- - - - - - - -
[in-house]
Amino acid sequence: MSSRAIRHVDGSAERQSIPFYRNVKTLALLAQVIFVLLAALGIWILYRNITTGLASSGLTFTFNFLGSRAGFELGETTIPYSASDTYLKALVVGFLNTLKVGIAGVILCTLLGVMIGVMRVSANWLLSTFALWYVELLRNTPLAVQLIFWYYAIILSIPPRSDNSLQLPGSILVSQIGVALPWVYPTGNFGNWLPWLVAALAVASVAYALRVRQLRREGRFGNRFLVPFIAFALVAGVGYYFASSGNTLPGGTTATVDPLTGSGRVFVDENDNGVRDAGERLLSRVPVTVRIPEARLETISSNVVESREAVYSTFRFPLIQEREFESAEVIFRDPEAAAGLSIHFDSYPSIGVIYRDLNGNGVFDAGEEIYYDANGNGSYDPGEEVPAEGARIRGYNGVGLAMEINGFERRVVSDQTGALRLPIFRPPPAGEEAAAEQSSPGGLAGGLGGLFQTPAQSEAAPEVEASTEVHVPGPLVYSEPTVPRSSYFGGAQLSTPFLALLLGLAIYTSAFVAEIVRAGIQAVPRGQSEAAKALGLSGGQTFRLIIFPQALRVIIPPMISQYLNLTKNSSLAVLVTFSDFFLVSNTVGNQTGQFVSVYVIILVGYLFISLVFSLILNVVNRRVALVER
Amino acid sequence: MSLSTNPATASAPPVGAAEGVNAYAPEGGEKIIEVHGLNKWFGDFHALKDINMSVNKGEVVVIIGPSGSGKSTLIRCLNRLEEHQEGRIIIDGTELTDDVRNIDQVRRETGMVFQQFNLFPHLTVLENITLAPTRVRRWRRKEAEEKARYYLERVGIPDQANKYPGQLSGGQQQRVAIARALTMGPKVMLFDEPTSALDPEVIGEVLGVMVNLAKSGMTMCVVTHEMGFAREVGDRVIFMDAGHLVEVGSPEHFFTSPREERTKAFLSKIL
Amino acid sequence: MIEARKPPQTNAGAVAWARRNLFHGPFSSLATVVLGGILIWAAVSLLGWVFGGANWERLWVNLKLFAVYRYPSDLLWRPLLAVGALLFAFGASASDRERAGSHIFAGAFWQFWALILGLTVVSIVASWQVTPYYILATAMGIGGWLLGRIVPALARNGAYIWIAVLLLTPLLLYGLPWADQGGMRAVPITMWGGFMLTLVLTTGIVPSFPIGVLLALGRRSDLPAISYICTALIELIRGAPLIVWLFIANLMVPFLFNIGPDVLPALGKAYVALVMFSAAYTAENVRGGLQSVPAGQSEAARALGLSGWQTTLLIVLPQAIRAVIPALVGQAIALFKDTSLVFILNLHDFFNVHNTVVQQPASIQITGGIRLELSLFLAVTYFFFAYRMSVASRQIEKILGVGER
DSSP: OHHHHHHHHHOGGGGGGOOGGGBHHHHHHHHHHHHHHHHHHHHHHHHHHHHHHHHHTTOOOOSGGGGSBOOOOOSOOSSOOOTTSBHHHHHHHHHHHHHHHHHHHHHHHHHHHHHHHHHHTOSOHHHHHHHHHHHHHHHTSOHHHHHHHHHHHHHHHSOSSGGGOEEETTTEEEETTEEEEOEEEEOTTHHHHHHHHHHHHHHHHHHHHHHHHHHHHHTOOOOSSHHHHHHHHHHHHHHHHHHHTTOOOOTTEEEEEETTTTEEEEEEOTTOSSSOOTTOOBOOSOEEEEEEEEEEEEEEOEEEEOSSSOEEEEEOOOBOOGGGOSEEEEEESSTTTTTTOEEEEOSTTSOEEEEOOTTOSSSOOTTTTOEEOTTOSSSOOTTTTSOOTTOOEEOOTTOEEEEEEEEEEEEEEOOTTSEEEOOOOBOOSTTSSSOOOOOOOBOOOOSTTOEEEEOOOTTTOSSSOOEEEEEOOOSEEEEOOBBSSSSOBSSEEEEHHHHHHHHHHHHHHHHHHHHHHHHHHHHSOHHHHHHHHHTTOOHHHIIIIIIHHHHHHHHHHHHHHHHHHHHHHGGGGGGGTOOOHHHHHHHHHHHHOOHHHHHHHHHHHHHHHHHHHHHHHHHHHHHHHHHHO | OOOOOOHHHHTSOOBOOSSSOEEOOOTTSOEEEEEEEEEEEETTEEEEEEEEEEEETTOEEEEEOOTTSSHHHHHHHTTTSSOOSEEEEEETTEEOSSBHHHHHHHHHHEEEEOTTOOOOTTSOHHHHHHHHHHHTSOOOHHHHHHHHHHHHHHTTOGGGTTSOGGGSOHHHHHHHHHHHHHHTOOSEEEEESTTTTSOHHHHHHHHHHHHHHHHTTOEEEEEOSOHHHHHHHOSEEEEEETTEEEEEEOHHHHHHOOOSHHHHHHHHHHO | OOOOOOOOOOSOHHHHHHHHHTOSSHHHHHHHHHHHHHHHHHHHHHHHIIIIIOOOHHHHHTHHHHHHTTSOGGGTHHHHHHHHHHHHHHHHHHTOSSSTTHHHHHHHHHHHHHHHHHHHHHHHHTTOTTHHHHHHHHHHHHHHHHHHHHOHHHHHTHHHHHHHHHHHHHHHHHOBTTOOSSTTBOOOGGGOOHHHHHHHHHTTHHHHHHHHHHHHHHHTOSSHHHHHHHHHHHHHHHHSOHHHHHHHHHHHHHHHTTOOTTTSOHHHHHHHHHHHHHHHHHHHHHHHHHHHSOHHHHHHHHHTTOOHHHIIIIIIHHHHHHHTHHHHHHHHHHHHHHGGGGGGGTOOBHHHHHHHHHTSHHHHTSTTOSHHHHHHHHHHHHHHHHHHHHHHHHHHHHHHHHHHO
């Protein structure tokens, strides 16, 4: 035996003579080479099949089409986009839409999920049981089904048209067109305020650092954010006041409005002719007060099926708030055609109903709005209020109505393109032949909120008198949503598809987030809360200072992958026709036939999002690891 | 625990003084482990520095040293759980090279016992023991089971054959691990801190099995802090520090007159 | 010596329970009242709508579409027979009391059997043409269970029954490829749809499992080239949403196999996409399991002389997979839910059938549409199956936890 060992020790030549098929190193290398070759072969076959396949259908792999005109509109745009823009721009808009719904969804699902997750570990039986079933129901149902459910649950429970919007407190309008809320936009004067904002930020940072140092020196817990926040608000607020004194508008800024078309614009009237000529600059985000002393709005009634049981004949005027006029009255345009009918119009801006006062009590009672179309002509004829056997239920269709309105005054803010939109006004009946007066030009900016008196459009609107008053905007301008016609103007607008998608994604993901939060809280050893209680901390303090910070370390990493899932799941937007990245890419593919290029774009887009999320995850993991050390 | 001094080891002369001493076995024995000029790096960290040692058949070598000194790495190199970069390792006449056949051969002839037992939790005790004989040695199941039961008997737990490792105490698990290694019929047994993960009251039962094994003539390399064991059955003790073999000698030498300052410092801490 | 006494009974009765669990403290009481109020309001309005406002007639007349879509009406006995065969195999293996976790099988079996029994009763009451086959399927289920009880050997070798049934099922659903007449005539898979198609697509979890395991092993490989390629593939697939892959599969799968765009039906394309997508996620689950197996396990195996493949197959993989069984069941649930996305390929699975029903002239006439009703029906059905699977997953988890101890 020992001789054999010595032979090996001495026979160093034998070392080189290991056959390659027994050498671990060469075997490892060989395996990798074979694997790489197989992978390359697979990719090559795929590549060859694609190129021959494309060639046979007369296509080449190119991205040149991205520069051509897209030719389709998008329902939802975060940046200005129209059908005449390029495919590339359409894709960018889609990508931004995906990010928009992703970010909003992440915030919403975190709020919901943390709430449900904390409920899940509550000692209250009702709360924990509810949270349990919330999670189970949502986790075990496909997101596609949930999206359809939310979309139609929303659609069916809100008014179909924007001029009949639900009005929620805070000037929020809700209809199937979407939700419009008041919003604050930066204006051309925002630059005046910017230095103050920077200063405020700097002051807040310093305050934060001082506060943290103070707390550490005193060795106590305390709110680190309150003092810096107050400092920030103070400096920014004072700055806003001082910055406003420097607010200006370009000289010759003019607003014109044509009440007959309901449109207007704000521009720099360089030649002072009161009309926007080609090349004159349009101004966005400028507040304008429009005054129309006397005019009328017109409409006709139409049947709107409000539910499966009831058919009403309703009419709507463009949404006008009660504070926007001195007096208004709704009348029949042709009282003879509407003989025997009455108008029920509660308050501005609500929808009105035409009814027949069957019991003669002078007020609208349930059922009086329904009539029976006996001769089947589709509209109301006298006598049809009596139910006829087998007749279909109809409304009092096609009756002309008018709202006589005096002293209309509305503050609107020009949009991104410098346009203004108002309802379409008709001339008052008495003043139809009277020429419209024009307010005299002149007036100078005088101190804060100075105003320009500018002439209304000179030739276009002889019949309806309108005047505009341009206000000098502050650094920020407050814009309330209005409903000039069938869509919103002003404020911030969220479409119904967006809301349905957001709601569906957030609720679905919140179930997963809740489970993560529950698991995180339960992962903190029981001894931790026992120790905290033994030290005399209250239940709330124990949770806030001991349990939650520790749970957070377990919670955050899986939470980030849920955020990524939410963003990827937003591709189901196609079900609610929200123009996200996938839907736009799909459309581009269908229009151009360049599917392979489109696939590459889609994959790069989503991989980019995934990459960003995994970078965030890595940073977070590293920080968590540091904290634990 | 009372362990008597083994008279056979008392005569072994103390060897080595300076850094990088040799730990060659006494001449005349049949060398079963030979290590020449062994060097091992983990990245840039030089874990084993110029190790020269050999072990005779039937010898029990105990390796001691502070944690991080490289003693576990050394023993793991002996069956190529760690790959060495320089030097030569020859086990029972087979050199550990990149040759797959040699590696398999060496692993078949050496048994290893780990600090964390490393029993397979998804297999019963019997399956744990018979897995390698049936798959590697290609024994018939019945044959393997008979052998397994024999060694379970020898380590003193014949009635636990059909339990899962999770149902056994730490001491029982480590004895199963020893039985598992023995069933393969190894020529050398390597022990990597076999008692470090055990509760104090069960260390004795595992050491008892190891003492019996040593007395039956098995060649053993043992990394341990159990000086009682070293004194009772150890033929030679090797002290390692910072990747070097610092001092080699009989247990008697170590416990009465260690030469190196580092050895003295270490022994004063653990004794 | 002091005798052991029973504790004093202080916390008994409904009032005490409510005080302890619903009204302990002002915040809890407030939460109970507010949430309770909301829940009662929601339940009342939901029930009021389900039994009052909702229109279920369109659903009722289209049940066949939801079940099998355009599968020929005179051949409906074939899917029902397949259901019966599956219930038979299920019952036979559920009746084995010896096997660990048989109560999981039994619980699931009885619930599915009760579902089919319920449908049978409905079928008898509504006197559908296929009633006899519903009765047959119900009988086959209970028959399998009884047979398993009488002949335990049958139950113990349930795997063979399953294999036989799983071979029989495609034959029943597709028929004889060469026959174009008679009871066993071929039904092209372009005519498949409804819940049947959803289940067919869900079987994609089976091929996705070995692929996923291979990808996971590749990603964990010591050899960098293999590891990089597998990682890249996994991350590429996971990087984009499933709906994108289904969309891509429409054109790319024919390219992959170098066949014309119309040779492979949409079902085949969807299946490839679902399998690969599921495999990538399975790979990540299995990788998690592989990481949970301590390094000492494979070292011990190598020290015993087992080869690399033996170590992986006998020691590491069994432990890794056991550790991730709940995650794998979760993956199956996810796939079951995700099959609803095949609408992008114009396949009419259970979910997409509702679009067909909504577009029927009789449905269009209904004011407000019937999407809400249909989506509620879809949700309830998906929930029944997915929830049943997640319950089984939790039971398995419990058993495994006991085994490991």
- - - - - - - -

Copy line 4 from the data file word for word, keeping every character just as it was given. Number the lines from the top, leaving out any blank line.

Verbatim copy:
Amino acid sequence: MIEARKPPQTNAGAVAWARRNLFHGPFSSLATVVLGGILIWAAVSLLGWVFGGANWERLWVNLKLFAVYRYPSDLLWRPLLAVGALLFAFGASASDRERAGSHIFAGAFWQFWALILGLTVVSIVASWQVTPYYILATAMGIGGWLLGRIVPALARNGAYIWIAVLLLTPLLLYGLPWADQGGMRAVPITMWGGFMLTLVLTTGIVPSFPIGVLLALGRRSDLPAISYICTALIELIRGAPLIVWLFIANLMVPFLFNIGPDVLPALGKAYVALVMFSAAYTAENVRGGLQSVPAGQSEAARALGLSGWQTTLLIVLPQAIRAVIPALVGQAIALFKDTSLVFILNLHDFFNVHNTVVQQPASIQITGGIRLELSLFLAVTYFFFAYRMSVASRQIEKILGVGER